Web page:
Still, Wall Worm could have ended in 2013. I had released my first commercial plugin and I received no small number of discouraging emails and messages from several sources. Where I had expected a warm welcome to my first geometry plugin, instead the loudest sentiment was fear that the end of a free Wall Worm was near.
During that year 3ds Max 2014 came out, which was, from my view, a welcome new direction for Max. I adapted Wall Worm to accomodate it; unkowingly at first, some of those adaptaions broke features in Wall Worm for 3ds Max 2012--which has been the mainstay of many Source modellers. I had little interest in going back to fix these features for an older version of Max, and this strengthened many people's skepticism with Wall Worm. Wall Worm had better features than ever in the newest Max, but the Source world wasn't interested in the newest Max yet.
Then in procession my father died, followed by my beloved Dewey (a faithful golden retriever who was my pal on my daily adventures into abandoned warehouses, suburban neighborhoods and duck-filled marshes).
Even now, I cannot really explain why I kept at it. Certainly, overall, the reward was diminishing. Mainly, it's probably that I had to feel productive--I get very antsy when my hands and mind are not occupied with creating something. And while the Source Engine community itself was not as openly encouraging as it had been initially, there were still many friends and users who did share enough appreciation that I could at least feel that I was adding to people's productivity.
I know that a lot of what I felt, especially in 2012 through mid 2014, had more to do with the emotions at home than it did with the community in general. But that doesn't change how I felt, nor how it affected my dealings with the community.
Except for an odd month or two, I remained active developing Wall Worm all along (just scroll down the changelog). There were some odd jobs that came in, usually involving porting assets from one environment to another, and I kept building more commercial plugins. Slowly, my attitude started to rise. I finally broke free from the funk that had clung to me since my Dad had fallen ill. Day by day I started to feel some of my customary attitudes returning--the ones that have always sustained me; while I had always known it was up to me to lift my spirits, it wasn't until I took a long look at myself and realized that the depression I'd let consume me was not only affecting me, but also my family.
So in 2014 as my mood started to shift back to positive, I set out to rennovate Wall Worm. Wall Worm had no initial game plan because I didn't know, initially, how far I could take the toolset (or even what it should ultimately do). Many features and functions were not initially built in the best way; the whole project was on-the-job-training with MAXScript. Much of the early version of Wall Worm stored data using a very inefficient method. By the time I'd learned about using "custom attributes" and scripted plugins, Wall Worm had grown to many thousands of lines of code. Taking some of the enthusiasm that year, I decided to upgrade all the key objects to store data properly. That project turned into the release of Wall Worm 2.0.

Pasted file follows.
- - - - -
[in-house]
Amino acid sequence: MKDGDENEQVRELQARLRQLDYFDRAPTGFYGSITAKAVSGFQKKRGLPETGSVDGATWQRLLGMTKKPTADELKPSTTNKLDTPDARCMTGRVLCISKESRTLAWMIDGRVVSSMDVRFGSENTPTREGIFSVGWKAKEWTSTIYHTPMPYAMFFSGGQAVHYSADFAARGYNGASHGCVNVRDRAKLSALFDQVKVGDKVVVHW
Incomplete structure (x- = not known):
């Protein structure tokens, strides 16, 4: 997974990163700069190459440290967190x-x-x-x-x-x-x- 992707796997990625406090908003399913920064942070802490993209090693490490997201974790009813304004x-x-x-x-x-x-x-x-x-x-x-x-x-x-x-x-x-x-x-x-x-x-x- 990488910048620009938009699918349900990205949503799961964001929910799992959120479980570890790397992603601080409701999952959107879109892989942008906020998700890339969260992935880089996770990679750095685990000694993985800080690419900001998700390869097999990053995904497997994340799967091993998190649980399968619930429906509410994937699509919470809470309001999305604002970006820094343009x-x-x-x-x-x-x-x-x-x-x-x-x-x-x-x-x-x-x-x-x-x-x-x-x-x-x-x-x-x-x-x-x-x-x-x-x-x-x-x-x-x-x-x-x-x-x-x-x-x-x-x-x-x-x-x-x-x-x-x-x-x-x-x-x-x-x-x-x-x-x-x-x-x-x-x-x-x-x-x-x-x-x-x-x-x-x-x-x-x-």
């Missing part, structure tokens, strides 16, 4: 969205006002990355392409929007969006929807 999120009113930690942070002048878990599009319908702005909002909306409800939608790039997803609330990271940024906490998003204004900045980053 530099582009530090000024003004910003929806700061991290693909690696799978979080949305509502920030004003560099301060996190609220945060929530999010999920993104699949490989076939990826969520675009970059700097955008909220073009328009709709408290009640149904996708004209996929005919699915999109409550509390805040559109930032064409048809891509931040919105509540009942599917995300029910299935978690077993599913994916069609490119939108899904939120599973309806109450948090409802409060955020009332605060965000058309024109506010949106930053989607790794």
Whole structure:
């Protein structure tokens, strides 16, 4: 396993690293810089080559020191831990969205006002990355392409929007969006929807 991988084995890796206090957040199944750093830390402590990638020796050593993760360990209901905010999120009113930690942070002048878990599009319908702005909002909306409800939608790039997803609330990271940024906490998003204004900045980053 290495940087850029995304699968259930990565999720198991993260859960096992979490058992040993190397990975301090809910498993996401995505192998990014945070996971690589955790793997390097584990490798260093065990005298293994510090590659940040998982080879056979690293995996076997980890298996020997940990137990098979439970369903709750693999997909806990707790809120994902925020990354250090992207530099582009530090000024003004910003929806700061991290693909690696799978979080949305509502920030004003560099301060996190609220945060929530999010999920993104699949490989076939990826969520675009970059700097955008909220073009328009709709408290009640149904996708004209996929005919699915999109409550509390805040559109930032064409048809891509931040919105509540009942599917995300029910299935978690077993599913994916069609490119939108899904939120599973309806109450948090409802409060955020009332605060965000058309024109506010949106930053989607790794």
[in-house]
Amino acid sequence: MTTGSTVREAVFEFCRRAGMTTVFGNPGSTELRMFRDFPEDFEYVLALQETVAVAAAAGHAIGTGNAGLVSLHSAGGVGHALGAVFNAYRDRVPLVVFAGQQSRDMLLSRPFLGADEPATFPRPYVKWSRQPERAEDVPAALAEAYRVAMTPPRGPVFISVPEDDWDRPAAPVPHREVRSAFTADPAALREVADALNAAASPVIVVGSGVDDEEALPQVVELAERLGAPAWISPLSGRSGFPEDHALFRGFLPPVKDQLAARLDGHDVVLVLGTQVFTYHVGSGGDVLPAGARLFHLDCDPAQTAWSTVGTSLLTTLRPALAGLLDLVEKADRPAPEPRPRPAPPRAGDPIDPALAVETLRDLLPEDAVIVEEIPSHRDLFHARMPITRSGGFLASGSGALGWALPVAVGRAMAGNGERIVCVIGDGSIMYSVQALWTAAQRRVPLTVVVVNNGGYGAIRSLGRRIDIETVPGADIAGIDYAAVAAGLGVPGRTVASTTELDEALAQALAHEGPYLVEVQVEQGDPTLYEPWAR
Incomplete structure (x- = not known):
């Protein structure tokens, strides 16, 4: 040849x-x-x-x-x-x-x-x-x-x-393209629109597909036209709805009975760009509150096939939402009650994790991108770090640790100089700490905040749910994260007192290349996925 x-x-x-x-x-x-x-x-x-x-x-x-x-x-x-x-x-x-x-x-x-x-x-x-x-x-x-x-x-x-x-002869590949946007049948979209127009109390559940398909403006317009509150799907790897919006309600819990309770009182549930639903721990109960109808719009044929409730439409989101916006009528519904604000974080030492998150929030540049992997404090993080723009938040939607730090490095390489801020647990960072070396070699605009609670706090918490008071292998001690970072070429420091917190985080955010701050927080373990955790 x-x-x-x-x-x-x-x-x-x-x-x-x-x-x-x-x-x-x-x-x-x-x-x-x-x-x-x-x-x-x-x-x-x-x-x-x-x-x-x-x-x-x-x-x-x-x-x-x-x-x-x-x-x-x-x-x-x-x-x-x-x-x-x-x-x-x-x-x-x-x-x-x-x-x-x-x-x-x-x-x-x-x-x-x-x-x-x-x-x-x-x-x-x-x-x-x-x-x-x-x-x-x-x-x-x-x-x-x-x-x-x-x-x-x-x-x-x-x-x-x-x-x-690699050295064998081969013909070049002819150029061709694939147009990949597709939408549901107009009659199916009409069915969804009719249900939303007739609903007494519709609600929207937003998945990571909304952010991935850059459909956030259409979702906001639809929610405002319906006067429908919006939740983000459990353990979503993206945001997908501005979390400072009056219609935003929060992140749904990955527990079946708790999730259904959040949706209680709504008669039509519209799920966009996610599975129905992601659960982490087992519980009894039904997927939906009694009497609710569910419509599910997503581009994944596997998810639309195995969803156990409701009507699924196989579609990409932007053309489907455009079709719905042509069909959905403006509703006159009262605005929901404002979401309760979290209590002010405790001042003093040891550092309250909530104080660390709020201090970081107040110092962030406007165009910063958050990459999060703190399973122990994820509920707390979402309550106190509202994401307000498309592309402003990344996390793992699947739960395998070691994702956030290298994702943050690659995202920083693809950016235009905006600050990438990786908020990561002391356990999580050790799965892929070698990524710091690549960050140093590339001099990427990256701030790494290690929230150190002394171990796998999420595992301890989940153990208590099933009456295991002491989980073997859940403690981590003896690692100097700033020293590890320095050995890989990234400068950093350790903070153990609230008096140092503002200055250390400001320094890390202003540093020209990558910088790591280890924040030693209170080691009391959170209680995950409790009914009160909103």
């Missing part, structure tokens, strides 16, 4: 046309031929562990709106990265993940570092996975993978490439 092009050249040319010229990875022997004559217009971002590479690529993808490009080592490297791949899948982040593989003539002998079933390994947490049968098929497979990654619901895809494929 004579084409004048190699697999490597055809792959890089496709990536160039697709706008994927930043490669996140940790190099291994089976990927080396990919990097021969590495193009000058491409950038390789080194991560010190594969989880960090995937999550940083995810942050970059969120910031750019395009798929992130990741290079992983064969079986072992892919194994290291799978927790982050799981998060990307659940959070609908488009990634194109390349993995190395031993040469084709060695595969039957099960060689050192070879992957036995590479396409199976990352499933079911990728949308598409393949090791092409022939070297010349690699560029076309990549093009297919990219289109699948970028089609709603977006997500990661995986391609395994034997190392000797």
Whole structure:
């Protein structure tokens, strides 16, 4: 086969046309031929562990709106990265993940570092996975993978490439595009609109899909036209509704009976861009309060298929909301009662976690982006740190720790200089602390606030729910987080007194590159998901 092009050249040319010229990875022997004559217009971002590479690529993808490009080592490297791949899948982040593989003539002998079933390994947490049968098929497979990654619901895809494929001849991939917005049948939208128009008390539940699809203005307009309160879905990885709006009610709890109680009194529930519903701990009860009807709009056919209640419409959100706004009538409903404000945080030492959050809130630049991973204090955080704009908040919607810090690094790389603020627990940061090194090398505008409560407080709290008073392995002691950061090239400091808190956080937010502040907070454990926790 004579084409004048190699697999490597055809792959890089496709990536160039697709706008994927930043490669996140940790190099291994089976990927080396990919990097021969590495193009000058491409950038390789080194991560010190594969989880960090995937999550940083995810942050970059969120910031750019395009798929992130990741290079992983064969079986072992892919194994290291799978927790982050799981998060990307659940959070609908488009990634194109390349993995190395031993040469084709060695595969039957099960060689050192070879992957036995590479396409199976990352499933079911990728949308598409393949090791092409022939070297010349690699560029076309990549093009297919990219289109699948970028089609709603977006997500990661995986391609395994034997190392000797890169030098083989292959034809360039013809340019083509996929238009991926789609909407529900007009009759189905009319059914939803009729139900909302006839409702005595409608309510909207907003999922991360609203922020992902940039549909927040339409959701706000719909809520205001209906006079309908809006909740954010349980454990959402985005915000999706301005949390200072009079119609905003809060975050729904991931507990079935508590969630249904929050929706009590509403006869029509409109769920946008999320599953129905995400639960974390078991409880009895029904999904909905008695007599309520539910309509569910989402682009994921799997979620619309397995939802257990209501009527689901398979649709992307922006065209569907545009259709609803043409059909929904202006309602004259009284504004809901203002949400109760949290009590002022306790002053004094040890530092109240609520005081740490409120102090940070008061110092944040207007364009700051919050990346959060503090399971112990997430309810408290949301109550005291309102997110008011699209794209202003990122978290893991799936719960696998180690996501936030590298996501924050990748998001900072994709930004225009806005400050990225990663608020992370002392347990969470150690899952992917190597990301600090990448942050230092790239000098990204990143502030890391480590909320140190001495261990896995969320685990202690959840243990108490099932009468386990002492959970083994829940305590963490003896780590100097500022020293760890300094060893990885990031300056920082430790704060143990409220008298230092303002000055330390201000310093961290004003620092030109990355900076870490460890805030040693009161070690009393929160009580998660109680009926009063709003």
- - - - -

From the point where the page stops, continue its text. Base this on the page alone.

By the end of 2014 some new blood entered the ranks. Orvid King approached me and within a short time he and I started working on a new branch of Wall Worm known as Wall Worm Pro. Developing Wall Worm Pro rejuvinated me, as it provided a renewed focus on making the Wall Worm pipeline faster than ever.
Now it's 2015 and I've been trying to be more active with teaching the communities about the tools in Wall Worm. I've even started to work directly for the Black Mesa production, which has been a new challenge and creative outlet.
Wall Worm debuted on November 18, 2010. Initially it let you export a model from Max into a very simple QC file and export a SMD--files necessary to make very simple props--and compiled them into MDL format. It had some basic LOD tools too. That alone was big news for Source modellers back then.
Five years later, Wall Worm is an entire solution for Source. In the right hands, it offers a seamless pipeline for bringing environments and characters to life that was never possible in the past. Many of it's features are beyond the scope of most hobbyists, but it allows anyone with a need or desire to bring ideas to life for Source with an ease and speed that have saved many projects countless hours of time.
I am very proud of the whole thing.
Just as much, I am proud of all the artists that use Wall Worm. I beg forgiveness for those times I've snapped at some of the community in some of my darker periods. The fact is that I've always appreciated the Source community, even when we aren't seeing eye-to-eye. The whole point of it all is to make new things and to be an inspiration to ourselves and the world. Playing a role in that, no matter how small, is really a great honor.
The Source Engine is still alive with a vibrant community of people making new things. Although it's now considered old, it has more to offer, I think. I expect that newer Engines will eclipse it in the comming years. Certainly, new projects are all starting in the newer engines. But as long as some of the popular games on Steam still live in Source, it will remain a haven for creative folk. And as long as I'm still feeling like I'm offering value to the community, I'll likely keep feeding the community a healthy dose of Wall Worms.
All the people who use Wall Worm, all the artists and customers and friends... Thank You. I owe a lot of my commitment to Wall Worm to your support. All of you are special to me. And special thanks to Rick Underhill, Rob Briscoe and Eugenio Roman.